In 2015, MSI Bangladesh set up a trial to see whether mobile phone voice messages could help promote contraceptive use among women who had received a menstrual regulation service.
Although the main aim wasn’t achieved, as there was no increased uptake in long acting reversible contraception, the study revealed something else entirely – a higher proportion of women who received the voice messages reported intimate partner violence than those who didn’t.
We believe this is the first trial to adequately measure and demonstrate a link between a mobile health (mHealth) intervention and intimate partner violence.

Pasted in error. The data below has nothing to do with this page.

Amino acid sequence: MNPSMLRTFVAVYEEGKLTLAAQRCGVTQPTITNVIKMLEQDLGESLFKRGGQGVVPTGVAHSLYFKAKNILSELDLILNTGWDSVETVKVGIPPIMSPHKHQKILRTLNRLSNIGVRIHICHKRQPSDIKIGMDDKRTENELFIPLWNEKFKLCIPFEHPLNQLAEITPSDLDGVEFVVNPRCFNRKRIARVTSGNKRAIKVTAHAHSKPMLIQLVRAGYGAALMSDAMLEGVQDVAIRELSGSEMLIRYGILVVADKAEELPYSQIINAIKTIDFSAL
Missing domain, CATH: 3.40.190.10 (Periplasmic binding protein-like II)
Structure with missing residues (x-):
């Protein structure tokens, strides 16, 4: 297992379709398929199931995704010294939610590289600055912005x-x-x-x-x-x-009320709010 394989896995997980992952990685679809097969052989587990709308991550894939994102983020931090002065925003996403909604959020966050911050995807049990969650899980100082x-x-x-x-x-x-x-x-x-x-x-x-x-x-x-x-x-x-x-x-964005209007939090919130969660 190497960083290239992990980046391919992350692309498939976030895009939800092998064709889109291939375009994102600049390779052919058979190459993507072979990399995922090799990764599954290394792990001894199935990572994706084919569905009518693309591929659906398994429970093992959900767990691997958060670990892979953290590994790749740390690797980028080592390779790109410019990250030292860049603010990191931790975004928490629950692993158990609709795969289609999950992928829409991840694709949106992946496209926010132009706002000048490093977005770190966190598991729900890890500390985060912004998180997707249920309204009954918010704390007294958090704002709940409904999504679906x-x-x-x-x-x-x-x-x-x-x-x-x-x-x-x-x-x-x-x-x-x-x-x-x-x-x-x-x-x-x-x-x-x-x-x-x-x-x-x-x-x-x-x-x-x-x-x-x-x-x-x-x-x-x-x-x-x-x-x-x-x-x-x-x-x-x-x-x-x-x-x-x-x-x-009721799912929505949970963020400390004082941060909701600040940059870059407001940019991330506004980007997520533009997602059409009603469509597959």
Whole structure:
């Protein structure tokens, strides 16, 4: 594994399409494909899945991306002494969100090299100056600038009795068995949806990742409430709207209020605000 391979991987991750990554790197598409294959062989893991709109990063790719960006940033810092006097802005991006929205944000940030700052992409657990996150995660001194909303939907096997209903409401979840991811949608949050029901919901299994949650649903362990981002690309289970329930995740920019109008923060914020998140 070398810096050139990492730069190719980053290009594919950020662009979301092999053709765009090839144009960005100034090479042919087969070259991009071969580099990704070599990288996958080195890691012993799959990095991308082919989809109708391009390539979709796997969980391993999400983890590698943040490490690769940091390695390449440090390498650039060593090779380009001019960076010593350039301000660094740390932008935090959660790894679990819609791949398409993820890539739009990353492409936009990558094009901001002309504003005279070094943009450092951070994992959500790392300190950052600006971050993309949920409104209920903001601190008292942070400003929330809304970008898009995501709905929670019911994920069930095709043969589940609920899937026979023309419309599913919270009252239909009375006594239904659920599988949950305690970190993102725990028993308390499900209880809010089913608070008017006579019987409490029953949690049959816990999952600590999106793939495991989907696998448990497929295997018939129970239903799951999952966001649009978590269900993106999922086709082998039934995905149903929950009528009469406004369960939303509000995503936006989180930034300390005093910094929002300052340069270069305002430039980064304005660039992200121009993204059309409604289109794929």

The study highlights the need to monitor unintended consequences in new research. By monitoring partner violence, we were able to detect an increase among women receiving voice messages and avoided scaling up an intervention that may cause unintended harm.
It’s vital that future research and programmes in this area are mindful of these findings and monitor partner violence in a similar way, to keep risk to participants to a minimum.
You can access the research paper in full via the Global Health: Science and Practice Journal.